Proof by contradiction: $A \subseteq A$

I have to proof by contradiction that $A \subseteq A$; if $A \nsubseteq A$ then $\exists x \in A ( x \notin A )$ but $\exists x \in A ( x \notin A )$ is contradiction (in fact: $\exists x ( x \in A \wedge x \notin A )$) therefore $A \subseteq A$ is true... The process is correct? Thank you all in advance

-
Yes, this is fine. – Brian M. Scott Mar 14 '13 at 15:40
Yes its correct – kalpeshmpopat Mar 14 '13 at 15:41
Thank you soo much!!! – mle Mar 14 '13 at 15:48

Your proof is correct, the way I would write it is as follows:

Suppose there exists a set $A$ such that $A \nsubseteq A$. Then there exists $x \in A$ such that $x \notin A$. But $x \in A$, contradiction. Hence $A \subseteq A$.

The extra formalism isn't necessary unless you are trying to get a better understanding of using the quantifiers, which in this case you have used correctly.

-

It looks fine but it is better you clarify both $A$ as $$A_1\subseteq A_2$$ where $A_1=A_2=A$.

-
I don't think I agree. This just encourages you to believe that things are different when they are actually the same. The contradiction is clearer if you write "$x\in A$ and $x\notin A$" than if you write "$x\in A_1$, $x\notin A_2$ and $A_1=A_2$". But maybe there are other reasons to prefer this notation. – Matthew Pressland Mar 14 '13 at 15:42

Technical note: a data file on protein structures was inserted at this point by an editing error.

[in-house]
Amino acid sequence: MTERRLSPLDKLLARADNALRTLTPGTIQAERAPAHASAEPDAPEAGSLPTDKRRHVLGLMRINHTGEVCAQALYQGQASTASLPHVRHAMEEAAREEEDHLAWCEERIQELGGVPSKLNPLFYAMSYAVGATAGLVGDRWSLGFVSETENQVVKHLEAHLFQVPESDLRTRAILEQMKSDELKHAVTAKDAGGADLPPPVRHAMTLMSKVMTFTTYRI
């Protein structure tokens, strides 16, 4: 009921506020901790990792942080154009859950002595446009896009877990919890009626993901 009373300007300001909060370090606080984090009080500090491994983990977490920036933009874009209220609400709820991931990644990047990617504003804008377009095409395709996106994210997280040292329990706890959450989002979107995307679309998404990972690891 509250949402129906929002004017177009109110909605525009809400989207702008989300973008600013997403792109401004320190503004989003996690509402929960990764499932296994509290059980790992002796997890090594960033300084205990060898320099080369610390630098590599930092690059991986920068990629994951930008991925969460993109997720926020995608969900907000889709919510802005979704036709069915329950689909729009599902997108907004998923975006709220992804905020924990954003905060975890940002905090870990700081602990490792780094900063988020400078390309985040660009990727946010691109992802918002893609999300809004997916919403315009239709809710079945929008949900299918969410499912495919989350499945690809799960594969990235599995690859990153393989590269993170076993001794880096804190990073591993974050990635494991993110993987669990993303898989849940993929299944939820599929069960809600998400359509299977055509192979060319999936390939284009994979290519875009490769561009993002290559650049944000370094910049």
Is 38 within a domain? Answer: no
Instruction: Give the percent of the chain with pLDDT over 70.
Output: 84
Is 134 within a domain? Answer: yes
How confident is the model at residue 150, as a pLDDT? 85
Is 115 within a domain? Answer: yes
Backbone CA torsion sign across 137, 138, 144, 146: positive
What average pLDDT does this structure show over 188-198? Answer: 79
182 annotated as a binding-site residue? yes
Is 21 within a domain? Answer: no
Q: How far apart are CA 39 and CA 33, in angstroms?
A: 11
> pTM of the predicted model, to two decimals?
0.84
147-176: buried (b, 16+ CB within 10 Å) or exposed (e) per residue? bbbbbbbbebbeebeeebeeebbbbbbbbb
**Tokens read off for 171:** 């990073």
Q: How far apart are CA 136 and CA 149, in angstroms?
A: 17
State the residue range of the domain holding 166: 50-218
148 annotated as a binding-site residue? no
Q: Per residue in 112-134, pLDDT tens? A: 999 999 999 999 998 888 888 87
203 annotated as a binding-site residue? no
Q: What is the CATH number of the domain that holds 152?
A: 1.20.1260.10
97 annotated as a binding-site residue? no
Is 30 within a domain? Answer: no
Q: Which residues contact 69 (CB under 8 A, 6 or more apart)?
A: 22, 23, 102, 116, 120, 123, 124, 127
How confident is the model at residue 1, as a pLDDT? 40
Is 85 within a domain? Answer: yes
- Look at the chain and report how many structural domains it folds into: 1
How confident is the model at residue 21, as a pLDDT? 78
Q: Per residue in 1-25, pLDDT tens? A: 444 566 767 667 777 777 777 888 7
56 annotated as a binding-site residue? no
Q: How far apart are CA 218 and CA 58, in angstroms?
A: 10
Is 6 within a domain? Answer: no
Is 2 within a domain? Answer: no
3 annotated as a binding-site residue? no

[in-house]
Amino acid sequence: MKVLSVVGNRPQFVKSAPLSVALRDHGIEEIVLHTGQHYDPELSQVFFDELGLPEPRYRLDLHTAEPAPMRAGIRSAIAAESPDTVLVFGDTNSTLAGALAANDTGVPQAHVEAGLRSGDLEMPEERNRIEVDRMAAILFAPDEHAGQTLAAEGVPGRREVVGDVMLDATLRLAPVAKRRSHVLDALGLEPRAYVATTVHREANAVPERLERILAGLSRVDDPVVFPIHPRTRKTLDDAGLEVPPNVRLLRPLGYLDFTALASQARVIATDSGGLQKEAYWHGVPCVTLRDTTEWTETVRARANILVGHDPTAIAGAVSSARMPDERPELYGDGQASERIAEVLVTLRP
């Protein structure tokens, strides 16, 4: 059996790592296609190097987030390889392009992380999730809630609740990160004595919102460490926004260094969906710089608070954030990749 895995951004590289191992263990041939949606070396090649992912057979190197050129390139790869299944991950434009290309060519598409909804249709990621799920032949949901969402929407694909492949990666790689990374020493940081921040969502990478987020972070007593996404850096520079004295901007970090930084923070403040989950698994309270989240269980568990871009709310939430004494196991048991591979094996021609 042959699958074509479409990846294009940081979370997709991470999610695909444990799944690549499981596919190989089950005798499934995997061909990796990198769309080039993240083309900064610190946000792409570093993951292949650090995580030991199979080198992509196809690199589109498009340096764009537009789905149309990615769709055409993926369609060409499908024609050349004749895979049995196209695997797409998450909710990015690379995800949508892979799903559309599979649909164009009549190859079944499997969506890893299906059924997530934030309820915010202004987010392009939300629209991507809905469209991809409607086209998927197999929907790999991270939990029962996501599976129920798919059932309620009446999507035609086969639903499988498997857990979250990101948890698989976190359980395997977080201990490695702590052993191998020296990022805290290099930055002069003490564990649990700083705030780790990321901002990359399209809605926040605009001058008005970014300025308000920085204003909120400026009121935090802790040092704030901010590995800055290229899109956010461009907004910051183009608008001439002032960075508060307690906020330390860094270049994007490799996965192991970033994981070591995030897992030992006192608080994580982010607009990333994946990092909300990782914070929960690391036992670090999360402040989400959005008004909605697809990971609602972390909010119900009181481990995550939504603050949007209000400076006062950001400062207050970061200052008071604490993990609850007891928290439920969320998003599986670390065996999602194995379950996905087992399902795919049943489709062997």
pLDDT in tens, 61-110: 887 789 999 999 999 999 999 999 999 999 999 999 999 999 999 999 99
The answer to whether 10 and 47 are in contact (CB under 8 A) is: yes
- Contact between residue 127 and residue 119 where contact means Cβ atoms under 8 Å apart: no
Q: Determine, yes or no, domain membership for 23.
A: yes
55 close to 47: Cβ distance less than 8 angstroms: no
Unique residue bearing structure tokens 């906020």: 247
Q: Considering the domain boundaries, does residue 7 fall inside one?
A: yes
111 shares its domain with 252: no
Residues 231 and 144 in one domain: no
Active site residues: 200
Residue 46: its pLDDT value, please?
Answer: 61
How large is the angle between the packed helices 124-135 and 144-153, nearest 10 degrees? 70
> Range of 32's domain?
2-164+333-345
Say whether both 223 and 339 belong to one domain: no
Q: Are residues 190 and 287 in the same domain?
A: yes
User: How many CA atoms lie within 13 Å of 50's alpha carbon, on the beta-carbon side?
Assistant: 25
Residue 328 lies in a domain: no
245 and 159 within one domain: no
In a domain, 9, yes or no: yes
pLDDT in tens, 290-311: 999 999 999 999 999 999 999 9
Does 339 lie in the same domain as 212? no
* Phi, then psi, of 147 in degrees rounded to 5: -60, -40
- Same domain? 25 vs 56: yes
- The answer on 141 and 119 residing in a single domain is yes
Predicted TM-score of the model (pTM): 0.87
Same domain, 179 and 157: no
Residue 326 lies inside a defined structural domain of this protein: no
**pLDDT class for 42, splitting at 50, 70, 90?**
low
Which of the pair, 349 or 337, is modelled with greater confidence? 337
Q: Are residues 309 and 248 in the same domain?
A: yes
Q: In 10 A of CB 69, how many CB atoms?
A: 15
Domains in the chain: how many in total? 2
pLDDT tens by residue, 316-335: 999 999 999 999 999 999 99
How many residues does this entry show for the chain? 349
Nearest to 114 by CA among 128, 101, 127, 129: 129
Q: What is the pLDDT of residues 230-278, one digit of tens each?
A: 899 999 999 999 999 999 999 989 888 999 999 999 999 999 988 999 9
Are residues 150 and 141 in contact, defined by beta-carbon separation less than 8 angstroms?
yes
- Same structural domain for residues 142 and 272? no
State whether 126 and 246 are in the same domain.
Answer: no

@MattPressland: I know it might make some points you noted but if I wanted to prove like the OP did, I would prefered student find out what $A$ I mean when I write $x\in A$, the first $A$ or the second one. However, they both are the same. – Babak S. Mar 14 '13 at 15:45
That is also reasonable. My feeling to a degree though is that the contradiction arises from the fact that when you write $x\in A$, you can't tell "which $A$" you mean - you have to mean both - so you can't possibly also have $x\notin A$. – Matthew Pressland Mar 14 '13 at 15:48
@MattPressland: Sometimes, I feel need a blackboard here to say what I mean. – Babak S. Mar 14 '13 at 15:54
It's fine, this is just a semantic argument anyway. Different people will find different notation clearer. – Matthew Pressland Mar 14 '13 at 15:57